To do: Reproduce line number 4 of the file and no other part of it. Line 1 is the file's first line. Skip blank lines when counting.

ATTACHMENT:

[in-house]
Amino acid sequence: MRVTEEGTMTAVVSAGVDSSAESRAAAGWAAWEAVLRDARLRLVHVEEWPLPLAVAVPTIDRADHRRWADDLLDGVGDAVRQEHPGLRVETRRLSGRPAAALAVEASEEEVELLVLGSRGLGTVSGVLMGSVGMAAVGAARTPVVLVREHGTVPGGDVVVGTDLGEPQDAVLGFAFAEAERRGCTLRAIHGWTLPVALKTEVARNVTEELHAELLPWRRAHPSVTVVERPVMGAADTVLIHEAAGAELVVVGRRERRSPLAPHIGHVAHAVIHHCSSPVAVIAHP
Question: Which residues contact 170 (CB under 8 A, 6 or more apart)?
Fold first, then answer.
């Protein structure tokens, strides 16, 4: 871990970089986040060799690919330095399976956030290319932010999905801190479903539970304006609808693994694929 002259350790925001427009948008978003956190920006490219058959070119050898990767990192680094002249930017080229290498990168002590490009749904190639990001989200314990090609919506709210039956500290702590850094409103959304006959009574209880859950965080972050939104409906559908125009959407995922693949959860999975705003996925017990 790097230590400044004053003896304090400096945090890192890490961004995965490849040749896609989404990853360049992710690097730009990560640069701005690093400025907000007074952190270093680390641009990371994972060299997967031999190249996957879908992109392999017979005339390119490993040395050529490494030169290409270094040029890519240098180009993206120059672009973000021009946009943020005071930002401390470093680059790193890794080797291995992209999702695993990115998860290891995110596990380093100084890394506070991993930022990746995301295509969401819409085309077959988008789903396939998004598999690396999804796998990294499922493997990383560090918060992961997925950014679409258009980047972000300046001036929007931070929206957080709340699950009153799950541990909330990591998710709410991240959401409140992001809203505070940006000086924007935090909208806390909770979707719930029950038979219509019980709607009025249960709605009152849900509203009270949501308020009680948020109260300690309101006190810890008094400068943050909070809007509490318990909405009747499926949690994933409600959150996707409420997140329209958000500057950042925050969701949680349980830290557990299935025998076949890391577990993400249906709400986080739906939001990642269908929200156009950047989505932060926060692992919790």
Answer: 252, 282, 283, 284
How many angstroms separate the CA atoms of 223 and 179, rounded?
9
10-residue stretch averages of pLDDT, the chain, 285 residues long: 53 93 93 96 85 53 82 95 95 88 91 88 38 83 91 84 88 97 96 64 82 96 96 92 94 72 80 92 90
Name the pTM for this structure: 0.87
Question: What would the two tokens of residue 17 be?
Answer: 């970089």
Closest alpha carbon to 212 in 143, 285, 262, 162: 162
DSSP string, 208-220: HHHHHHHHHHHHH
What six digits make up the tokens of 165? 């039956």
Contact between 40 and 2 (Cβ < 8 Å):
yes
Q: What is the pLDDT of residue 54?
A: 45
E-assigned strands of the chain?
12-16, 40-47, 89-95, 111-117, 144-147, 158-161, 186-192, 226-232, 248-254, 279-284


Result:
Fold first, then answer.